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Why Fortune 500 Companies Struggle With Organic SEO
Great SEO Post From Search Engine Watch―The firm I work with recently issued organicsearch rankings for the world’s leading high-techmarketers using the patented Covario SEO AuditScore™ system.
We took a look at how well Fortune 500 high-techcompanies optimize their landing pages for specifickeywords, so that they play a critical role in giving theirbrands optimal search engine visibility for high-traffic termsand phrases.Within the overall scoring system, there are sub-scores forcontent, technical quality and linking. We found that thosehigh-tech marketer websites with Content Audit Scoresabove 75 (out of 100) also had an average Google organicrank of 12. That’s page-two results, folks. Naturally thelower the Content Audit Score, the lower the rankings inthe search engines for the high-tech sector.
Needless to say that the high-tech sector is teeming withmarketers who know more than a thing or two aboutbuilding lasting brands online. Many global brand marketersunderstand that organic search is a powerful brandingchannel when people are conducting product research. Thissize of enterprise almost always has SEO programs in placethat follow what SEO best practices practitioners preach.So why is it that the larger the enterprise the greater thechallenges they face when it comes to creating searchengine and people friendly content?
It’s because SEO is different for large companies as opposedto smaller businesses. Yes — similar tactics are used tooptimize websites for small business and big businessesalike, but on a different scale, of course. Enterprise levelwebsites create more problems for SEO practitioners not justbecause they are bigger, but because they add layers ofcomplexity into each channel of their online marketingprocesses.For example, larger enterprise-level websites tend to havesome, if not all of the following issues to overcome.
SEO implementation hurdles due to: Suboptimal content management systems (CMS) IT resource challenges Untrained and/or third party personnel Budgeting limitations Millions of pages; much of it duplicate or very similarcontent Multiple countries and languages with multiple entry pages Flawed attribution data and/or limited analytics programs Multiple stakeholders with divergent strategies Multiple service providers with divergent priorities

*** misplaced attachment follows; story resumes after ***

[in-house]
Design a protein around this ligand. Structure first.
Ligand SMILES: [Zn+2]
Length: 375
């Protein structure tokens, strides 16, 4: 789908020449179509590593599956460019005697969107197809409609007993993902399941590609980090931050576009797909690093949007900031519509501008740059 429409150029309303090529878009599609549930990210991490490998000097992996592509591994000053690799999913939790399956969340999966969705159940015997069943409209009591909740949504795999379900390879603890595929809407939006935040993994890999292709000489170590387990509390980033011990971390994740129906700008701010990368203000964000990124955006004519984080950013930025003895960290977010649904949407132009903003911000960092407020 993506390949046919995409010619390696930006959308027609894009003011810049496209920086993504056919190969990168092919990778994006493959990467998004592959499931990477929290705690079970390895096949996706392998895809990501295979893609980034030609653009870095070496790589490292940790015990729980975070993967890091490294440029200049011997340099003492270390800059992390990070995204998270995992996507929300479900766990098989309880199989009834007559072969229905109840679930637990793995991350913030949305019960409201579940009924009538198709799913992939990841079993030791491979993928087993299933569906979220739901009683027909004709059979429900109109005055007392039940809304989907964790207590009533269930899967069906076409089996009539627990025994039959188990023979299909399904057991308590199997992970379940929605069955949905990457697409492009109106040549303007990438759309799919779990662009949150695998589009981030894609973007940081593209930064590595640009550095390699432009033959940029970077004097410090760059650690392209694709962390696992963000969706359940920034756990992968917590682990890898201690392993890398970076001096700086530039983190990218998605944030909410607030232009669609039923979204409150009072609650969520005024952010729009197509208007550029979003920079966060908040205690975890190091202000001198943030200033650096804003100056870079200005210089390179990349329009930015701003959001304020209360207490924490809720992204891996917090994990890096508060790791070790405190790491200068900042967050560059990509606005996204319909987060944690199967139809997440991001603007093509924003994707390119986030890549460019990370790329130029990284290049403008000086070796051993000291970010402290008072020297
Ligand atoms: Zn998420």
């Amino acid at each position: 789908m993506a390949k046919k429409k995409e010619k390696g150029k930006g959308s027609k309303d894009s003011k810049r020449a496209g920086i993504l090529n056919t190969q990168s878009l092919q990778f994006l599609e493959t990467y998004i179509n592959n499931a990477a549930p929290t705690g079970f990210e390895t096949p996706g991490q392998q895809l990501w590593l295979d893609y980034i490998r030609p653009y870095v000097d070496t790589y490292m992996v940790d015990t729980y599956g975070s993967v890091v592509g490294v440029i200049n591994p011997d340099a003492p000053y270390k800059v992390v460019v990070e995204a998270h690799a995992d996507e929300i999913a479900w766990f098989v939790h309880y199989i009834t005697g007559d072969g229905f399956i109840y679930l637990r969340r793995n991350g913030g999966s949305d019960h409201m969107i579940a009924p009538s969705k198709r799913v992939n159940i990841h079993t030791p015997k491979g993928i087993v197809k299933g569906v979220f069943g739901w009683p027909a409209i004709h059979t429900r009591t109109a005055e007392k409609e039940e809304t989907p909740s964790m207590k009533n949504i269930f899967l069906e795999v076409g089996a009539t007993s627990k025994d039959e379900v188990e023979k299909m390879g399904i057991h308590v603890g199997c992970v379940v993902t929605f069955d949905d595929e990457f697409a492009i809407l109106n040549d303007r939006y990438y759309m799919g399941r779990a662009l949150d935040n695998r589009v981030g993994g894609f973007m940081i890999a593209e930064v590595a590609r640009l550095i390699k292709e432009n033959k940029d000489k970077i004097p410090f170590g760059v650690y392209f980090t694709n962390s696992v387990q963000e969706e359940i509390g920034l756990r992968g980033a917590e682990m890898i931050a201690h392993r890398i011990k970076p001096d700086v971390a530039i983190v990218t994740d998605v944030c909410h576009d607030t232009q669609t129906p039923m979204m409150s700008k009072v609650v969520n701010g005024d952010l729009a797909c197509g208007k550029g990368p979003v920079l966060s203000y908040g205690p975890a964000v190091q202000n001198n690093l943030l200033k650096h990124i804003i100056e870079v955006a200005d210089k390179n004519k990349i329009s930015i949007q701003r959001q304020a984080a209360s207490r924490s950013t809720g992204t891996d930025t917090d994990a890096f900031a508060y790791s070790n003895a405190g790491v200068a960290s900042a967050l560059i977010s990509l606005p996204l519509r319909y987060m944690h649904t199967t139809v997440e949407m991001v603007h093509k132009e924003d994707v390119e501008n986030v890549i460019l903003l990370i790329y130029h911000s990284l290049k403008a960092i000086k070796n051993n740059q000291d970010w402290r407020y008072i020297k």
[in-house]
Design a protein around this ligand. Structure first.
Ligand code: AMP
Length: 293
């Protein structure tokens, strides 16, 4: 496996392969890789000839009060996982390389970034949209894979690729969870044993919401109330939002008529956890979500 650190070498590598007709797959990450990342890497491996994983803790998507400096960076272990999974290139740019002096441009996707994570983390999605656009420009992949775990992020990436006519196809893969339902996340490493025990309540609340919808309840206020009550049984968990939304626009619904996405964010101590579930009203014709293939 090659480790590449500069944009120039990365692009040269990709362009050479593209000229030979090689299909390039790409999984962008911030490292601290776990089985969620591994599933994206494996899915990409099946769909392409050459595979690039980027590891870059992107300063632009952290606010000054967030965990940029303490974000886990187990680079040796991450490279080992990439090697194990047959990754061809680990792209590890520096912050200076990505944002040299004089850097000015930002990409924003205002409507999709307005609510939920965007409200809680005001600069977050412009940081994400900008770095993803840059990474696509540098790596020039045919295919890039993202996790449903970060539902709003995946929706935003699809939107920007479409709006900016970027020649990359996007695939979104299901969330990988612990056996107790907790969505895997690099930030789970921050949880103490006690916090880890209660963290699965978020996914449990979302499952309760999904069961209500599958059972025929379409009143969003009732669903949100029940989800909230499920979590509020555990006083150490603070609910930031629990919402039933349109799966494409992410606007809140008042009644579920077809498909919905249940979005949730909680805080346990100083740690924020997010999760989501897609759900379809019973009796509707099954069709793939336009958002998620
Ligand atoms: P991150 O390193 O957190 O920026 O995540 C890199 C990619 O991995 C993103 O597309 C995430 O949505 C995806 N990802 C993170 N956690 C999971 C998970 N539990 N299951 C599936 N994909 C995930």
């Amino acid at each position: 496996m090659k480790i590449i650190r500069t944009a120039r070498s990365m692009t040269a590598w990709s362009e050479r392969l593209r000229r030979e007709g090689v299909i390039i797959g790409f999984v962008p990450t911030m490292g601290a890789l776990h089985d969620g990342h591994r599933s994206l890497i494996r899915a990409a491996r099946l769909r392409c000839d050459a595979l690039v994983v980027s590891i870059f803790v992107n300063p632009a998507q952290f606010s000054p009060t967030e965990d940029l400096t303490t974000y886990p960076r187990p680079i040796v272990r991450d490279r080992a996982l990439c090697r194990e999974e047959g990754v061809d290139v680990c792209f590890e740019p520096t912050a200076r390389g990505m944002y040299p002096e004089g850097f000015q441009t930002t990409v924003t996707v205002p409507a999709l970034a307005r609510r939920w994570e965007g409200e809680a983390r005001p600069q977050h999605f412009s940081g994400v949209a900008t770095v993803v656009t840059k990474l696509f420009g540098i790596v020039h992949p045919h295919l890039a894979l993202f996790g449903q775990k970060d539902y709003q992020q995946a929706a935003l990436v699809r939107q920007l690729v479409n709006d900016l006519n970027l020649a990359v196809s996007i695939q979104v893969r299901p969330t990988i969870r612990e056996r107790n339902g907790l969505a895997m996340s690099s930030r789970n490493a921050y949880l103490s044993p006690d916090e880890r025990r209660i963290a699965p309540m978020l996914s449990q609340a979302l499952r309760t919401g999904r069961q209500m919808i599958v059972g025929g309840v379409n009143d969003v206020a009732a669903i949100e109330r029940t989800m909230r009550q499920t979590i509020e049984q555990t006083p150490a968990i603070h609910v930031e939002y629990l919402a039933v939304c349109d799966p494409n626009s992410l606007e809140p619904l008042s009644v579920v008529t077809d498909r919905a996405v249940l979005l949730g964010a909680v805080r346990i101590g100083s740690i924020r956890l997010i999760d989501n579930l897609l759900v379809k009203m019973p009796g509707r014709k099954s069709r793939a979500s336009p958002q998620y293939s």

Most online marketers and/or IT staff members for largerbusinesses have also had some history with SEO. That is tosay that most, if not all, Fortune 500 firms have tackledmajor or minor SEO initiatives over the past few years.Consequently, each enterprise’s marketing structures,technical processes, business priorities, and overall SEOknowledge can be quite different from one enterprise toanother – even within in the same industry.
All of this adds up for making the race toward SEO successa marathon more so than a sprint for big businesses. Butattaining SEO success doesn’t have to be this challenging,especially when it comes to creating compelling, searchengine-friendly content. If some measure of accord can befostered between key stakeholders around business andmarketing goals, then the path toward winning the first legof a SEO race to higher rankings is not far very away. Youjust have to be willing to separate the whole from it parts.
What the heck does that mean?Let’s take a look at a ―normal‖ SEO initiative for a largeenterprise. What usually happens is … A senior executivesigns a contract with a SEO agency and hands off steerageto a VP of marketing or sometimes IT. The VP in turn handsoff the SEO program management to a director, who is alsothe up-line for the in-house SEO manager. The SEO in-house manager will work with the organization’s personneland other third-party agencies for tactical implementation ofSEO recommendations as made by the SEO experts at theagency.
This is a recipe for failure, especially when dealing with amature enterprise that has implemented multiple layers ofSEO recommendations over the years. Nowhere in theprocess does a conversation occur about who controls thecontent on the websites, on the microsites or blogs, in itspress releases, in Twitter and on Facebook, or at Flickrand YouTube — let alone if the enterprise is willing andable to flex business processes in order to improvecontent quality of its individual online entities.
Otherwise what usually happens is that the SEOconsultancy invests time and money to produce some greatcontent that goes through to the online marketing team forapproval and then hits the public relations department’sfilters for branding continuity, and next gets reviewed andedited by the legal team, only to secure sign-off and somelast-minute tweaks from a middle-manager who sends thecontent to an off-shore IT department only to stand in linefor being added to the website during the next round of ITupdates.
Three months later the phenomenal SEO content sees thelight of day; however, it’s not what you wrote. It’s beencompartmentalized and broken down into being the same-oldplain vanilla piece of nothing that is now duplicated acrossthe enterprise’s websites in 22 countries in 18 languages.This is the problem with enterprise level SEO campaignstasked with creating competing, search engine-friendlycontent. This is why the real potential for producing SEOsuccess lies in optimizing the communication of expectationsof SEO goals up and down the different parts of anenterprise’s online marketing ecosphere.
Search engine success for larger enterprises is attainedwhen SEO goals are wholly aligned with the enterprise’sbusiness and marketing goals, and then entirelycommunicated throughout the many layers of the businessline. All SEO agencies need to do to affect this type ofparadigm shift is to bring the concept of the contentcreation processes into the conversation from the get-go,as opposed to waiting until it’s done-gone.‖Post produced by P.J. Fusco